Why Neil Woodford is wrong about this stock
After decades of superior performance, Neil Woodford has rightly earned his reputation as one of the UK's top investors, yet he's not immune to getting it wrong from time to time. And I believe Woodford is wrong when he calls for the break up of pharmaceutical giant GlaxoSmithKline (LSE: GSK).
To be clear, Woodford is bullish on GSK and owns a position worth some £700m in his Equity Income Fund alone. However, his insistence that management split the business into two or three separate companies would rob current and future investors of the huge benefits from the company's diversified approach to business.
To see where Woodford is coming from, it's important to examine the company as it currently stands and what he images for its future.
Results by division 2016
% of Revenue
Year-on-year growth (%)
Woodford believes that pharmaceutical unit would fetch a higher valuation were it spun off from the consumer healthcare and vaccine divisions. The argument goes that investors wanting Unilever-like reliability but low growth could buy the consumer healthcare and vaccines businesses while those looking for a high-growth AstraZeneca option could buy the pharma bit.
He may well be right about this in the short term, but over the long term I reckon investors benefit hugely from the combination of the higher-risk pharma business and the lower-risk consumer healthcare and vaccines divisions.
For one, selling vaccines, toothpaste and cold treatments is a relatively non-cyclical business that provides reliable revenue and profits in bull and bear markets alike. This is a major benefit for shareholders as it evens out the very lumpy revenue that comes from selling pharmaceuticals that can take decades and billions of pounds to develop and then lose their patent after a few years.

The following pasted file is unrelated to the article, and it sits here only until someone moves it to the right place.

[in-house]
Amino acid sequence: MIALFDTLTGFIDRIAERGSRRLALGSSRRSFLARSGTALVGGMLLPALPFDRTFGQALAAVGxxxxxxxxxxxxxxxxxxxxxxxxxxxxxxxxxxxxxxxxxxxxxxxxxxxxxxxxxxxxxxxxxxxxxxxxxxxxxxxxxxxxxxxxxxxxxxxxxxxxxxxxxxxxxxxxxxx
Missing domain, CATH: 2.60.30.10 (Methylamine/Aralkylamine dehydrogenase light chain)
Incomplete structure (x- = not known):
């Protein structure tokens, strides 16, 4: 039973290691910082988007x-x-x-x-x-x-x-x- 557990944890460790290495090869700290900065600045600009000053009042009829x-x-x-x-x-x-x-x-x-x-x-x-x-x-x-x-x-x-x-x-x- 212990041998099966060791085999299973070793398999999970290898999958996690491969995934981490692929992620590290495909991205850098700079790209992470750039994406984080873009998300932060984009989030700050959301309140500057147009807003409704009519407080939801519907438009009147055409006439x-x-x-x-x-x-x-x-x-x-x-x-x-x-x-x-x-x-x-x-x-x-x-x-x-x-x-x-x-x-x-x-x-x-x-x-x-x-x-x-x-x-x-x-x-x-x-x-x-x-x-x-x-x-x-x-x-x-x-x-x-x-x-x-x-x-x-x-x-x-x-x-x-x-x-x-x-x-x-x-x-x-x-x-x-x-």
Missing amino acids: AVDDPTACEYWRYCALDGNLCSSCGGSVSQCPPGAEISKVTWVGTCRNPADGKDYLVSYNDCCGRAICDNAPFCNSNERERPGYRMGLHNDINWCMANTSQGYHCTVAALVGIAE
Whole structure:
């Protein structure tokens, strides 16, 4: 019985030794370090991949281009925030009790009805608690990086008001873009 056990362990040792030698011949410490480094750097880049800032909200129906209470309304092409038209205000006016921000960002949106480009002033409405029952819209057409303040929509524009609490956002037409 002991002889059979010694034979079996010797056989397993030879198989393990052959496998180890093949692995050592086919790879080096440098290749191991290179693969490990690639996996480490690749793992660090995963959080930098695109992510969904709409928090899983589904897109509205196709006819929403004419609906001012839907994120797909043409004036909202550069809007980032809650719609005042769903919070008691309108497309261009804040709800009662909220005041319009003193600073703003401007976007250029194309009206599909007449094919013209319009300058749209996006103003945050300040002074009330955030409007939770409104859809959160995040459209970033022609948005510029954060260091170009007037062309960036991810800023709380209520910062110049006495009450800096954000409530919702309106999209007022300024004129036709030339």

While these drugs can make huge profits in the years when they're under patent, their going off patent can be seriously detrimental to a company's sales. This is the very reason year-on-year growth from the pharma division was a meagre 3% in 2016. Amongst others GSK's blockbuster respiratory treatment Advair is going off patent, which lead to sales plummeting 13% year-on-year even without the introduction of a generic challenger in the US.
And the firm isn't about to say goodbye to cutting-edge blockbuster drug treatments anytime soon simply because another bit of the business is selling aspirin. This is clear in the stunning 125% year-on-year rise from sales of the company's new drugs platforms. This includes what could be the game-changing series of HIV treatments whose sales rose 82% to £2.7bn in the year.
Another benefit of combining cyclical but high-growth pharmaceutical sales with reliable consumer healthcare sales is that it keeps earnings, and thus dividend potential, relatively level over the long term. This is why the company can afford to pay out its current 4.8% yielding dividend even though earnings didn't cover payouts last year.
The management team, and City analysts incidentally, are confident that the temporary fall in earnings due to the loss of pharma patents doesn't require a dividend cut because reliable consumer staples and vaccines sales provide revenue visibility.
All in all, Neil Woodford and I agree that GSK is a wonderful business. While breaking it up may bring short-term gains I believe long term investors will find the current combined business a much smoother and more rewarding investment.
Ian Pierce has no position in any shares mentioned. The Motley Fool UK owns shares of and has recommended GlaxoSmithKline and Unilever. The Motley Fool UK has recommended AstraZeneca. We Fools don't all hold the same opinions, but we all believe that considering a diverse range of insights makes us better investors.